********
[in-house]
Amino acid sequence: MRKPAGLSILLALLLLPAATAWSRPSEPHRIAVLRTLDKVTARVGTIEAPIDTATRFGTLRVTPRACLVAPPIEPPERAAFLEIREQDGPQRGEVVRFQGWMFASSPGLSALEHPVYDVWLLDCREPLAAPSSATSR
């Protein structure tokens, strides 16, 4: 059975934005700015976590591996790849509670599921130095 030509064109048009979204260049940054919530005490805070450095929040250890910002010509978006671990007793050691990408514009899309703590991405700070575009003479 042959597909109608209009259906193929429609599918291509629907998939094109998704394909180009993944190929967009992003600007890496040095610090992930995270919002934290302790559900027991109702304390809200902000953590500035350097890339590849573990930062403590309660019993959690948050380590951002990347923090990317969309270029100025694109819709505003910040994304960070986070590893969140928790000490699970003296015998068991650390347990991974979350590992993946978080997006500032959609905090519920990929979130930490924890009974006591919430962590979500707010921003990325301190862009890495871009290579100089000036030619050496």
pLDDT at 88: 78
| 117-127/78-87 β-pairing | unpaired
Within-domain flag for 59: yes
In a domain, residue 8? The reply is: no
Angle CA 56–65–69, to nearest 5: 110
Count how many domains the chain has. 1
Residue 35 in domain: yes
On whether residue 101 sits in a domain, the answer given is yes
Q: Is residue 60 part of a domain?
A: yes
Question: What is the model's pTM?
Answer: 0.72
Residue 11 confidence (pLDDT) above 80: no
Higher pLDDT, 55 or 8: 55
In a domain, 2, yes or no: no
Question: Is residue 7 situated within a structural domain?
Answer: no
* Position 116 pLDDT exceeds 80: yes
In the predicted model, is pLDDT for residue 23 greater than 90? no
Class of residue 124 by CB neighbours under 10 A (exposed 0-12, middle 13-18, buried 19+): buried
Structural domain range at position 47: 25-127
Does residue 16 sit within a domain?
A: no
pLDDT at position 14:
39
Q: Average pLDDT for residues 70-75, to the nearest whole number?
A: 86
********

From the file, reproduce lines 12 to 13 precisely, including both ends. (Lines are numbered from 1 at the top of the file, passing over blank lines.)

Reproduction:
Q: Is residue 60 part of a domain?
A: yes